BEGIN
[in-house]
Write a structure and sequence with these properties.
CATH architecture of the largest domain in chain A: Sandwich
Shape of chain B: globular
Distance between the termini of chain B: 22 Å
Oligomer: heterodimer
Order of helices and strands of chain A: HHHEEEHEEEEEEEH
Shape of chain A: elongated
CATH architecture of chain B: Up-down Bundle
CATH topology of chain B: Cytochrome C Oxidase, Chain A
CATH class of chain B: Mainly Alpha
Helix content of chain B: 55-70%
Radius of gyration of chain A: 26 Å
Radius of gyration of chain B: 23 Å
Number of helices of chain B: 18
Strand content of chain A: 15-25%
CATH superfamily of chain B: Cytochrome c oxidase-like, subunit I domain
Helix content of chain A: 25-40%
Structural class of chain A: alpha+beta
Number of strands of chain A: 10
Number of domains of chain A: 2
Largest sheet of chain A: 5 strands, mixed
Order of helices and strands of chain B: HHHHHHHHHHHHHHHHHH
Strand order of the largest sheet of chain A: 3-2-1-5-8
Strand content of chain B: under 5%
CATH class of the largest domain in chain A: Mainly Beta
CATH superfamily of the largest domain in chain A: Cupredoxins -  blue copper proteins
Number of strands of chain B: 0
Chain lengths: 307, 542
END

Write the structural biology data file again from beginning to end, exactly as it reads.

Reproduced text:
[in-house]
Write a structure and sequence with these properties.
CATH architecture of the largest domain in chain A: Sandwich
Shape of chain B: globular
Distance between the termini of chain B: 22 Å
Oligomer: heterodimer
Order of helices and strands of chain A: HHHEEEHEEEEEEEH
Shape of chain A: elongated
CATH architecture of chain B: Up-down Bundle
CATH topology of chain B: Cytochrome C Oxidase, Chain A
CATH class of chain B: Mainly Alpha
Helix content of chain B: 55-70%
Radius of gyration of chain A: 26 Å
Radius of gyration of chain B: 23 Å
Number of helices of chain B: 18
Strand content of chain A: 15-25%
CATH superfamily of chain B: Cytochrome c oxidase-like, subunit I domain
Helix content of chain A: 25-40%
Structural class of chain A: alpha+beta
Number of strands of chain A: 10
Number of domains of chain A: 2
Largest sheet of chain A: 5 strands, mixed
Order of helices and strands of chain B: HHHHHHHHHHHHHHHHHH
Strand order of the largest sheet of chain A: 3-2-1-5-8
Strand content of chain B: under 5%
CATH class of the largest domain in chain A: Mainly Beta
CATH superfamily of the largest domain in chain A: Cupredoxins -  blue copper proteins
Number of strands of chain B: 0
Chain lengths: 307, 542